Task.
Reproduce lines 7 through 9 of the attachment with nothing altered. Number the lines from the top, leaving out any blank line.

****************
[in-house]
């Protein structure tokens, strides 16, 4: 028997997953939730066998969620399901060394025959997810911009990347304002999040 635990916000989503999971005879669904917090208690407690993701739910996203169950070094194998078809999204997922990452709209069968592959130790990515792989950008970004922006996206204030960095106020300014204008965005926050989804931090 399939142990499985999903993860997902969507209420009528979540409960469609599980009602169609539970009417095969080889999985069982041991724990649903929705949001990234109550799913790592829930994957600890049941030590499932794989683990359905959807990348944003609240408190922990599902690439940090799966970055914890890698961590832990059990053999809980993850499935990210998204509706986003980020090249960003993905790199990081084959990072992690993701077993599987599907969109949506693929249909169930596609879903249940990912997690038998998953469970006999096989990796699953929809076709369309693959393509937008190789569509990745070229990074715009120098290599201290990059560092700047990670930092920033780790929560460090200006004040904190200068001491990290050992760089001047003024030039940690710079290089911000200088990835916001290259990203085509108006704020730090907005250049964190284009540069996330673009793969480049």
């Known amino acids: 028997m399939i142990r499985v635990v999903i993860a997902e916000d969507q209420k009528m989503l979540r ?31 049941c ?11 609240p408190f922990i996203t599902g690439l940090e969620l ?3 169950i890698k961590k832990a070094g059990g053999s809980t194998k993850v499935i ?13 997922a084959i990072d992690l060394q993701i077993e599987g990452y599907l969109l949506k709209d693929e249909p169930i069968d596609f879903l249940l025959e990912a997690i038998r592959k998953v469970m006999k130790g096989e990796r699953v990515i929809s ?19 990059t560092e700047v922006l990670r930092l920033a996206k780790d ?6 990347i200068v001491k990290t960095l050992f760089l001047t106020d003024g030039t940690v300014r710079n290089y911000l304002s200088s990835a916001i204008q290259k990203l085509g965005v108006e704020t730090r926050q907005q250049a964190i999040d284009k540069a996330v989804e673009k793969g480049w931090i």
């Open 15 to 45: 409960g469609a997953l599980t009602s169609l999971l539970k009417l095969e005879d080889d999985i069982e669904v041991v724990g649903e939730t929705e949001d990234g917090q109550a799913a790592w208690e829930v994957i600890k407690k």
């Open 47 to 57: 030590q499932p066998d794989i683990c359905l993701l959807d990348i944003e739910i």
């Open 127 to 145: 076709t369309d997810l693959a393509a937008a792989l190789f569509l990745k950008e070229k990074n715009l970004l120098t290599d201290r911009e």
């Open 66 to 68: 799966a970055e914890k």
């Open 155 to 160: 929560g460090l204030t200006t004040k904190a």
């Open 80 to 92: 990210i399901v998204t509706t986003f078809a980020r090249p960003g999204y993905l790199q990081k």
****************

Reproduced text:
């Open 66 to 68: 799966a970055e914890k």
């Open 155 to 160: 929560g460090l204030t200006t004040k904190a």
């Open 80 to 92: 990210i399901v998204t509706t986003f078809a980020r090249p960003g999204y993905l790199q990081k």